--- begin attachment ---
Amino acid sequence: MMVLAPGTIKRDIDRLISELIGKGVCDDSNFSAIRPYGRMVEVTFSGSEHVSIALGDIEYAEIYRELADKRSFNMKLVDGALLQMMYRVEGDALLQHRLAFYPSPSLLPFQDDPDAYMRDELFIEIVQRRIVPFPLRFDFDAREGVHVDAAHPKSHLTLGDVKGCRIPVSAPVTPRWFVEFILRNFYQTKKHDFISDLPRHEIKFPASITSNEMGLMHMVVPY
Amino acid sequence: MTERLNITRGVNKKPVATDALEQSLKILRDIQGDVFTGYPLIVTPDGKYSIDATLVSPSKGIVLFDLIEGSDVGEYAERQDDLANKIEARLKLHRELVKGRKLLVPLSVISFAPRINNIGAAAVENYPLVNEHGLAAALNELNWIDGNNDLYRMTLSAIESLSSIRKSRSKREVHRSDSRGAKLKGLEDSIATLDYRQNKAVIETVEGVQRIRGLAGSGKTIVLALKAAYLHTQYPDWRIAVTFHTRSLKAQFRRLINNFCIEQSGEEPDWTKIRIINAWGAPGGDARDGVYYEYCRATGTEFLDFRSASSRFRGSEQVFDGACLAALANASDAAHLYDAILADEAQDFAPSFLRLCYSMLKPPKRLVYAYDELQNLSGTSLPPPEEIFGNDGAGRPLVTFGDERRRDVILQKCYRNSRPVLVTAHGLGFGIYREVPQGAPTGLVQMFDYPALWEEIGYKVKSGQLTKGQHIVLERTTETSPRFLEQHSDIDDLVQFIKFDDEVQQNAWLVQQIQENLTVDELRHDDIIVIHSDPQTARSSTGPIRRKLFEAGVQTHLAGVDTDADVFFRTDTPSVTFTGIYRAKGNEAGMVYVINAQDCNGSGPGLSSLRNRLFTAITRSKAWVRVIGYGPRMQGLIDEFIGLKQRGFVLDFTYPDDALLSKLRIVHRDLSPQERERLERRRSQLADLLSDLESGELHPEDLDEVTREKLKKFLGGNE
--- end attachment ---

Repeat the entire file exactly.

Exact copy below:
Amino acid sequence: MMVLAPGTIKRDIDRLISELIGKGVCDDSNFSAIRPYGRMVEVTFSGSEHVSIALGDIEYAEIYRELADKRSFNMKLVDGALLQMMYRVEGDALLQHRLAFYPSPSLLPFQDDPDAYMRDELFIEIVQRRIVPFPLRFDFDAREGVHVDAAHPKSHLTLGDVKGCRIPVSAPVTPRWFVEFILRNFYQTKKHDFISDLPRHEIKFPASITSNEMGLMHMVVPY
Amino acid sequence: MTERLNITRGVNKKPVATDALEQSLKILRDIQGDVFTGYPLIVTPDGKYSIDATLVSPSKGIVLFDLIEGSDVGEYAERQDDLANKIEARLKLHRELVKGRKLLVPLSVISFAPRINNIGAAAVENYPLVNEHGLAAALNELNWIDGNNDLYRMTLSAIESLSSIRKSRSKREVHRSDSRGAKLKGLEDSIATLDYRQNKAVIETVEGVQRIRGLAGSGKTIVLALKAAYLHTQYPDWRIAVTFHTRSLKAQFRRLINNFCIEQSGEEPDWTKIRIINAWGAPGGDARDGVYYEYCRATGTEFLDFRSASSRFRGSEQVFDGACLAALANASDAAHLYDAILADEAQDFAPSFLRLCYSMLKPPKRLVYAYDELQNLSGTSLPPPEEIFGNDGAGRPLVTFGDERRRDVILQKCYRNSRPVLVTAHGLGFGIYREVPQGAPTGLVQMFDYPALWEEIGYKVKSGQLTKGQHIVLERTTETSPRFLEQHSDIDDLVQFIKFDDEVQQNAWLVQQIQENLTVDELRHDDIIVIHSDPQTARSSTGPIRRKLFEAGVQTHLAGVDTDADVFFRTDTPSVTFTGIYRAKGNEAGMVYVINAQDCNGSGPGLSSLRNRLFTAITRSKAWVRVIGYGPRMQGLIDEFIGLKQRGFVLDFTYPDDALLSKLRIVHRDLSPQERERLERRRSQLADLLSDLESGELHPEDLDEVTREKLKKFLGGNE